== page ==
The serious ammo was saved for musician Sakamoto Ryuichi, the technopop pioneer and Academy Award winner who used his celebrity status to squeeze past the velvet rope lines and bouncers to claim a spot at the front of the protests. That celebrity cachet provides encouragement to the anti-nuclear power faction and the excuse to unleash a fusillade of rotten tomatoes by the anti-anti-nuclear power faction. The signal for the start of the barrage was this statement in particular:

“We should not place in danger the lives of children, who are the future of this beautiful Japan, for what is, after all, only electricity”.

Had Mr. Technopop a sense of proportion and shame, he would never live down that last clause. He might as well have written the script for his critics himself — he’s the man who used electricity to become rich and famous, moved to luxury digs in Manhattan, and paid taxes to the United States instead of Japan. Here’s one of them:

“Sakamoto lives 60 kilometers from Indian Point, which provides 30% of New York’s electricity and is said to be most dangerous nuclear power plant in the U.S. It’s time to let the ‘it’s only electricity’ New York royalty live the life of a peasant.”

And another from Tweeter Oda Masahiko:

“After all, it’s only music, so he should perform that technopop outdoors during the day with a flute and taiko drum.”

And the Tweeter Suimasenga ocha o ippai kudasai:

“Sakamoto Ryuichi asks why there should be any problem if the shift from nuclear energy to renewable energy means our electric bills will be a little higher.‏ Rich people sure talk differently than the rest of us…”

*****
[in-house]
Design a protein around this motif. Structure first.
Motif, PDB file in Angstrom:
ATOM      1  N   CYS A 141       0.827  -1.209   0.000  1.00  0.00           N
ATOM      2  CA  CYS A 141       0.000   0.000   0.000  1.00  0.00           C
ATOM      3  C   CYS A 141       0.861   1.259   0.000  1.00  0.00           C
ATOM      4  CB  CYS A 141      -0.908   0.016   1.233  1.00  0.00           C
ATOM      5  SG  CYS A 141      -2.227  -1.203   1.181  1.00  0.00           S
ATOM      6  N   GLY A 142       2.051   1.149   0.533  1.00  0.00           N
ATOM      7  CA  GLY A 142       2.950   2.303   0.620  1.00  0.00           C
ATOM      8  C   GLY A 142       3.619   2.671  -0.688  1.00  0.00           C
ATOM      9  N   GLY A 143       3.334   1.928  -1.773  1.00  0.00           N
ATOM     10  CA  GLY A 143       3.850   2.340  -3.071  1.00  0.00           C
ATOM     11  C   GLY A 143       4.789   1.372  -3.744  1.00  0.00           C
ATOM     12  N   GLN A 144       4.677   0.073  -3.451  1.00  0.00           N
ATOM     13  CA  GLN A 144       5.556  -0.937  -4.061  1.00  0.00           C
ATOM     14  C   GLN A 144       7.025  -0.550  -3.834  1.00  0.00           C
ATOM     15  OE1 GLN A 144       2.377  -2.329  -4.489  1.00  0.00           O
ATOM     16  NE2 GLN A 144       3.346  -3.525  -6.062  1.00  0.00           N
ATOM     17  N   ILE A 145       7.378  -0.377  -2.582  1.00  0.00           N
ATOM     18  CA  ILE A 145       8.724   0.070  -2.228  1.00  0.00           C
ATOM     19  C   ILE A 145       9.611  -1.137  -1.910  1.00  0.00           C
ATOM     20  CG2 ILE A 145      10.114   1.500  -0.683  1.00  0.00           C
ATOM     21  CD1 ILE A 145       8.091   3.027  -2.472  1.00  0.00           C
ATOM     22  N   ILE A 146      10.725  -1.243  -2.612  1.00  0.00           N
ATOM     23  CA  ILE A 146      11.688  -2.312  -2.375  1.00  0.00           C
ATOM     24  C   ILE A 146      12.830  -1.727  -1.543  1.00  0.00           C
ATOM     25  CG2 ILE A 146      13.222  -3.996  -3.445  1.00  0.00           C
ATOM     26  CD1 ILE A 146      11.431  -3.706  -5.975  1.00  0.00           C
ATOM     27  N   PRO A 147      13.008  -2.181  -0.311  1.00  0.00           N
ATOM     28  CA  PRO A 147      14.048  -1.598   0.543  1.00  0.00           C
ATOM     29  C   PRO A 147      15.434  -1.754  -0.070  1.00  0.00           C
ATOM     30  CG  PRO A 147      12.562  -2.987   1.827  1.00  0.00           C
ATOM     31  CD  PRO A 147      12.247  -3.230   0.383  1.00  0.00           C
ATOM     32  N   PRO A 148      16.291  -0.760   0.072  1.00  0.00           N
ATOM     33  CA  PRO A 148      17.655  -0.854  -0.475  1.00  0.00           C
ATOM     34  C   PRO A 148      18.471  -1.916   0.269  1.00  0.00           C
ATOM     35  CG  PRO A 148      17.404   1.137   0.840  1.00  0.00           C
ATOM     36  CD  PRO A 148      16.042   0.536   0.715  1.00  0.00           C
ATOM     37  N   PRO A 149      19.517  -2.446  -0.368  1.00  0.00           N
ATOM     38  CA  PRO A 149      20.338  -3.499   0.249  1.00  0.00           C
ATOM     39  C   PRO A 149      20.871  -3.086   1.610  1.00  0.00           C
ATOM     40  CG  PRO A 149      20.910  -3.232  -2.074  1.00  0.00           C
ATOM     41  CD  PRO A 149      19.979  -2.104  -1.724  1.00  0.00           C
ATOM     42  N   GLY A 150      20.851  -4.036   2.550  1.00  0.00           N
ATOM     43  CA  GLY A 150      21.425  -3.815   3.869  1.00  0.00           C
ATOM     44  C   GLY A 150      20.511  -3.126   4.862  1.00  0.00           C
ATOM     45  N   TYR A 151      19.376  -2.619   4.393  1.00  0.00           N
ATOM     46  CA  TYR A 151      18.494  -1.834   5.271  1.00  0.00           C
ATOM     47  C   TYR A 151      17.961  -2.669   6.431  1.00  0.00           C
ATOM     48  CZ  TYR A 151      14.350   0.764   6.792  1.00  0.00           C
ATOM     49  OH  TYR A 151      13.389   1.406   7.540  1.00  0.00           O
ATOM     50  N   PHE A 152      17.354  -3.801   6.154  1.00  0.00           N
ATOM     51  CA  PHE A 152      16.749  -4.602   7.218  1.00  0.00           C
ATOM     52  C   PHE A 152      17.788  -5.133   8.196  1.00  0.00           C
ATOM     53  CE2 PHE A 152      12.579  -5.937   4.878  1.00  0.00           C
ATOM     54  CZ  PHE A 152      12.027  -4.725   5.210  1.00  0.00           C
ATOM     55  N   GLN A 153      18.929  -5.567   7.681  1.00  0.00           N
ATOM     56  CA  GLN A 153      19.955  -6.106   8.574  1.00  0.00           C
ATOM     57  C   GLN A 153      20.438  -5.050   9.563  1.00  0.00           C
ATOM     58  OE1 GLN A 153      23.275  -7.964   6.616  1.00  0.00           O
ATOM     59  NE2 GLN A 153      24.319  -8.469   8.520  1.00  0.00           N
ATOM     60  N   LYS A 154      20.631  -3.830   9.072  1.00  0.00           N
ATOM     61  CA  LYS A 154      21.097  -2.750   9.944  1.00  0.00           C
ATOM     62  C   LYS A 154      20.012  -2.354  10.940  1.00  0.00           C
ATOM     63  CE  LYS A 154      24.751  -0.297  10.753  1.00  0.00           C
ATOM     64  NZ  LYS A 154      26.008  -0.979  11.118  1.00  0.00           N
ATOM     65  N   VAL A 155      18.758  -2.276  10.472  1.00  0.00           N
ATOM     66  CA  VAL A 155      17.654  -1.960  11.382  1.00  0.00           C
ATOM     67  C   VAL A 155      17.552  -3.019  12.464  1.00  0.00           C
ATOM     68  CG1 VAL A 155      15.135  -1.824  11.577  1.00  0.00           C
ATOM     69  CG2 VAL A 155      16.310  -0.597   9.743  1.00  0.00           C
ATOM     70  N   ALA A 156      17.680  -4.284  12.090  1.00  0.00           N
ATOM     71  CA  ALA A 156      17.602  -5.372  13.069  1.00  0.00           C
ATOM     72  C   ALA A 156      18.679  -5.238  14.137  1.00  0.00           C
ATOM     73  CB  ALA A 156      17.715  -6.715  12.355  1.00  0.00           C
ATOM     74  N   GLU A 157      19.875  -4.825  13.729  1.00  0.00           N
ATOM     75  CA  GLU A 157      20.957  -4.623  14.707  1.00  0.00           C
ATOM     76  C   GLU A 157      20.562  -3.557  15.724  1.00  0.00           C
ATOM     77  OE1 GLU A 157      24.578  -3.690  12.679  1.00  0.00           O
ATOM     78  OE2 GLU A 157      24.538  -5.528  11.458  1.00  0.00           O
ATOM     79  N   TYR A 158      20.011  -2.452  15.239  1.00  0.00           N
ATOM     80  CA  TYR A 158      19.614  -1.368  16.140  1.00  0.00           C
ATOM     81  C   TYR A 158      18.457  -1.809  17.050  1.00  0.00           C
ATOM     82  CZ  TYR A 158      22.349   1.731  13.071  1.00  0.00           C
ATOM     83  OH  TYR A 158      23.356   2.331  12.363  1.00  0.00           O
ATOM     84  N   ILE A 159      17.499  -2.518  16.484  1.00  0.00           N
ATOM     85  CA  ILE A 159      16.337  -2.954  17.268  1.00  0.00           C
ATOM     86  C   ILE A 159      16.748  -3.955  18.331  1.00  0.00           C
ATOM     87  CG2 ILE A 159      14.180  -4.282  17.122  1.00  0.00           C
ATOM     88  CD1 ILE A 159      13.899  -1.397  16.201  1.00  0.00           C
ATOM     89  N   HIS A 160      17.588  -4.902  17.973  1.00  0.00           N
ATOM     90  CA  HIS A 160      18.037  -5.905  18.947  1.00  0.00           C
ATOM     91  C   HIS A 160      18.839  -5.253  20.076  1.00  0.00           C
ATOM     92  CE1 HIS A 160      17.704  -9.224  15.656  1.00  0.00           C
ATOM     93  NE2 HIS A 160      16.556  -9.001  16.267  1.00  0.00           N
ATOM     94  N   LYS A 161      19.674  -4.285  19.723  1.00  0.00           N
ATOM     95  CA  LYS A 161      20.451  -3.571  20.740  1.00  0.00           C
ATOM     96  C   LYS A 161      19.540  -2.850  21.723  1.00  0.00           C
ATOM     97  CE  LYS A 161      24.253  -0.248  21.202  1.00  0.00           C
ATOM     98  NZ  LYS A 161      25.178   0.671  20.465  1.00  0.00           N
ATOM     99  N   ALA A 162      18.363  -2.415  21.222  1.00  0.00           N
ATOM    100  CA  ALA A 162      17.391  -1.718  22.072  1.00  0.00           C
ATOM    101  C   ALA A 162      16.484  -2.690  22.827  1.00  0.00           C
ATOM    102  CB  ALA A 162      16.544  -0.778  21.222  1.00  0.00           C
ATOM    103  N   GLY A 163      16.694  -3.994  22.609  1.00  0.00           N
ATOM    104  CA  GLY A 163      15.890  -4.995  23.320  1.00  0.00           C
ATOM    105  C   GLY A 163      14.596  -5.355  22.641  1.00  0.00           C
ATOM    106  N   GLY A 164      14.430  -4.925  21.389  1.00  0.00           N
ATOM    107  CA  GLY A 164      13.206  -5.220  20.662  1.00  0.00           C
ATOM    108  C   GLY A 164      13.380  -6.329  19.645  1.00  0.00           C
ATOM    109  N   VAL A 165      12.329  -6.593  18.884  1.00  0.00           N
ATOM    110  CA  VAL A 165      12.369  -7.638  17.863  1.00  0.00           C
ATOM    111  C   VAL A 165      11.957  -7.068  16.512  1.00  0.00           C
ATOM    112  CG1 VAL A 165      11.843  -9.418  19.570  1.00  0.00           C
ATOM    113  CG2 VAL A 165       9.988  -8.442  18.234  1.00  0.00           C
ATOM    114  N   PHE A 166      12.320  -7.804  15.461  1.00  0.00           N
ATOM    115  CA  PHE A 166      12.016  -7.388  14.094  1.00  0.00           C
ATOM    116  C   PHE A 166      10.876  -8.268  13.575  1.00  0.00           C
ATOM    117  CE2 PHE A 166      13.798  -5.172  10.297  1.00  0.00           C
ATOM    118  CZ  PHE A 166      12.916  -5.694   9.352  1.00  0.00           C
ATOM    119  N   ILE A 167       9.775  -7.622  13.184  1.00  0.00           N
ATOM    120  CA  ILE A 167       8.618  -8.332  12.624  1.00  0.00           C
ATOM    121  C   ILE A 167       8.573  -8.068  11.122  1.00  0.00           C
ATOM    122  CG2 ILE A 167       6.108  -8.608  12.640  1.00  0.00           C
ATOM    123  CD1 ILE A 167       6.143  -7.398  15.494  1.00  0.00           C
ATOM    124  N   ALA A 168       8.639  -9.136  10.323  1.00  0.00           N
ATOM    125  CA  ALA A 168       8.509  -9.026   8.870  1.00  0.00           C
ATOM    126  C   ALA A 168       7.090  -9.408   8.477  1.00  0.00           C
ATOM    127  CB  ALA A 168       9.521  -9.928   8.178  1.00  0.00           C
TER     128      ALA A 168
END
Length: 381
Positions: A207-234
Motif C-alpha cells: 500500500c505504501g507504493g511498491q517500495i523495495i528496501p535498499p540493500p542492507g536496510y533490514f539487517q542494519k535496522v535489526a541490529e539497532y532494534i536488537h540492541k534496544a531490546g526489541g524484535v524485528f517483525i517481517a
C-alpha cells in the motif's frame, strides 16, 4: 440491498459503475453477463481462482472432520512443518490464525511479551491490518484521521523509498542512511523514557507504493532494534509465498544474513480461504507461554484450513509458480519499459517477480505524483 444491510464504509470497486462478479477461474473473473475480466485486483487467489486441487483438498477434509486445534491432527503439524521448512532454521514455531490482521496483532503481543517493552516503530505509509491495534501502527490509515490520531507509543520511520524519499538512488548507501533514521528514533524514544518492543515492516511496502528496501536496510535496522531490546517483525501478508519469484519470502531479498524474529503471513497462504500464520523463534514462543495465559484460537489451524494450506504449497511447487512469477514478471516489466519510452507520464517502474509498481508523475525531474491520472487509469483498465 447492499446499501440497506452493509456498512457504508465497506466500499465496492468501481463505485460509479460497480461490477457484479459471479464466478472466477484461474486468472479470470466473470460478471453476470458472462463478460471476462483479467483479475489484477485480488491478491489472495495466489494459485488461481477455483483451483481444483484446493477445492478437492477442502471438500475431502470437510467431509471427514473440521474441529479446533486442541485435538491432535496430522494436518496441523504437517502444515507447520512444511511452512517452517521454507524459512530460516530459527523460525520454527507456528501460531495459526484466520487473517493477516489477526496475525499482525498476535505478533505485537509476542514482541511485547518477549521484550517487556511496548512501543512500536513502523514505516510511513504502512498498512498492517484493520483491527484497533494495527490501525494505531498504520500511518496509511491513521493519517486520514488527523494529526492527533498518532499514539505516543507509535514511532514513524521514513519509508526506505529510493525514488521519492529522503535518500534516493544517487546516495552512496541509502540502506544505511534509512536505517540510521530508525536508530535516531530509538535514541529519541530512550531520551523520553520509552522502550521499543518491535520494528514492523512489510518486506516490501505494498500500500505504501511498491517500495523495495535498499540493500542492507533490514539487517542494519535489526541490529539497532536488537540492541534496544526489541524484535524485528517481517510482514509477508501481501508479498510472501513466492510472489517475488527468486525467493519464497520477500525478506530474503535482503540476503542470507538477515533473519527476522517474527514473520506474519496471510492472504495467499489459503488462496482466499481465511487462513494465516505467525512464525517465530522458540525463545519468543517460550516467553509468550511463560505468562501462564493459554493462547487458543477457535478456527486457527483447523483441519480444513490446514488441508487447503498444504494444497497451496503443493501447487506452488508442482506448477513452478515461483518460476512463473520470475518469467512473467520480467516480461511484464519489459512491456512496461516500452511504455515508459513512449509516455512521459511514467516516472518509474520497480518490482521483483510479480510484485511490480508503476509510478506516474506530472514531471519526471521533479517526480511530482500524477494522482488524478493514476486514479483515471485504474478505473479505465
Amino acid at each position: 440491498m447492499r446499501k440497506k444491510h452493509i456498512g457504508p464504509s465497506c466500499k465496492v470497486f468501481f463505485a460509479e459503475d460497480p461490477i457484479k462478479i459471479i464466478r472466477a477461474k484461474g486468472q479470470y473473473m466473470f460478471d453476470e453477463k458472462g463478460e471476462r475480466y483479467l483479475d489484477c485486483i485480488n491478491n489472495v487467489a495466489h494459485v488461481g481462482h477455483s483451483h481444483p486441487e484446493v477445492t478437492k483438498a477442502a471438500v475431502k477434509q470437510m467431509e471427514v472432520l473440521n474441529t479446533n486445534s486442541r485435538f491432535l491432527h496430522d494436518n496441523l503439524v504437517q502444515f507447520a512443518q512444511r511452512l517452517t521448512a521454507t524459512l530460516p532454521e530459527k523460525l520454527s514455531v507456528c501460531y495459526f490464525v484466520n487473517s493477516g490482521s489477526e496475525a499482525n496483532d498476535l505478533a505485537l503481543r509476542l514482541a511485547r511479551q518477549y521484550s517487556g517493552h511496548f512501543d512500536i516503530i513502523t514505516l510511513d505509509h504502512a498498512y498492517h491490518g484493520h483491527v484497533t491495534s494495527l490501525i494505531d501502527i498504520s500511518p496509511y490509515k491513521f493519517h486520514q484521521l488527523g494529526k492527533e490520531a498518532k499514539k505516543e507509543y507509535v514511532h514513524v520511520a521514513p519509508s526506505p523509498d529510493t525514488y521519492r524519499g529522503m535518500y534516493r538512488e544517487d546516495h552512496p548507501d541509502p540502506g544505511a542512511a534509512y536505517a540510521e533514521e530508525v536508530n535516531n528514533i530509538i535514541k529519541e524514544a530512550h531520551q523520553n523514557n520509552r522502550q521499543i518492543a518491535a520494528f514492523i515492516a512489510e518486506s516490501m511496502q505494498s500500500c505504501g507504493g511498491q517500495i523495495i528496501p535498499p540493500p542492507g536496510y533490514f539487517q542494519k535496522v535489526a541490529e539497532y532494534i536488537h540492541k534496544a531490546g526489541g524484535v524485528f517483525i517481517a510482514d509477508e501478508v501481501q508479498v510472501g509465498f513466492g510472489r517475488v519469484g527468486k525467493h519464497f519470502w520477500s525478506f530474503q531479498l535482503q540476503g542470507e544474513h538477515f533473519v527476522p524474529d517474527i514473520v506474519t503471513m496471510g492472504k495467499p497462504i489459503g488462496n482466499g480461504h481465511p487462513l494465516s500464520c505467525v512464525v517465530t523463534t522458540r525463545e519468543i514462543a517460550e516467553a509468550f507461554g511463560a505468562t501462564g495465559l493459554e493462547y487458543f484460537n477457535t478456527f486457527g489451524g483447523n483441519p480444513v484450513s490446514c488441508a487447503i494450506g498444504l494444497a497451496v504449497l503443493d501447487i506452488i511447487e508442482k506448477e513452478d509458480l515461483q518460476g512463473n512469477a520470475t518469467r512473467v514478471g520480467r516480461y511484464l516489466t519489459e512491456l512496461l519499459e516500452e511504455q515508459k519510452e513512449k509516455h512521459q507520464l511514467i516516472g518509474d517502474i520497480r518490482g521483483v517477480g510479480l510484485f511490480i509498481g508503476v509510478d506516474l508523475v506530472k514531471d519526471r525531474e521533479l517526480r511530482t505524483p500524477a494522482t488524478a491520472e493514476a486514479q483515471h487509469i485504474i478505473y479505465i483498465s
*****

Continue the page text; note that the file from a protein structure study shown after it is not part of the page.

The quotation at the top of the page charges the Sankei Shimbun with crude tactics, but one of their ripostes was all the more devastating for its deftness.

They ran an essay written by Mr. Sakamoto in the culture section of their Saturday edition, the day after the Friday demonstration. Here’s the first part of it:

“As soon as you get off the airplane in any airport in the world, the distinctive culture of that country is revealed. People often mention soy sauce and miso for Japan, kimchee for South Korea, and curry for India. Perhaps that is a problem of preconceived images.

“What do you think it is for the US? I think it is air conditioners. You can hear their rumble and smell them as soon as you reach the airport. I remember that well from the time I came to New York. I’ve gotten completely accustomed to both the sound and the smell.

“Air conditioners were invented in the U.S. in the first part of the 20th century, and now they are an indispensable part of our lives. Perhaps it is because of the ”let it all hang out” attitude (おおらかさ) of Americans, but air conditioners in that country are noisy. No one asks that they be made quieter.

“Lately, however, that has begun to change. If you go to quality restaurants, cafes, or hair salons, you notice that they’ve gotten quieter. When you look closely, you see that’s because most of them are Japanese-made.”

All of this is to be expected by the mountebanks of the political class and the show business personalities motivated by the desire for publicity. That desire is particularly manifest among the once-prominent, still uncomfortable with being remaindered after their sell-by date. The idealism, to the extent that it exists, is appreciated only by their fellow travelers. Those of a different denomination discount it as soon as they hear it.

The attitude of those who are more often taken seriously as opinion leaders, however, has the potential to create greater mischief. Here’s Fujiwara Akio writing the Yurakucho (憂楽帳) op-ed for the 23 July edition of the Mainichi Shimbun:

“Just as I turned on the air conditioner in the kitchen because it was so hot, my 21-year-old son came home covered in sweat. While he expressed his appreciation for the cool air, he added, ‘Dad, you’re opposed to atomic energy. Isn’t it a contradiction to be using the air conditioner?’

“If that’s a contradiction, then contradiction is fine. You can still call for the abandonment of nuclear energy regardless of how much energy you use. It’s the same if you work for nuclear power-related companies or government agencies. The question is whether the contamination from radioactivity that occurred at Fukushima will never happen again for all of eternity, or whether you will entrust the disposal of nuclear waste to the people of the future whom you don’t know, when the final disposal sites have yet to be determined. The question is an individual’s ethics, not their energy policy.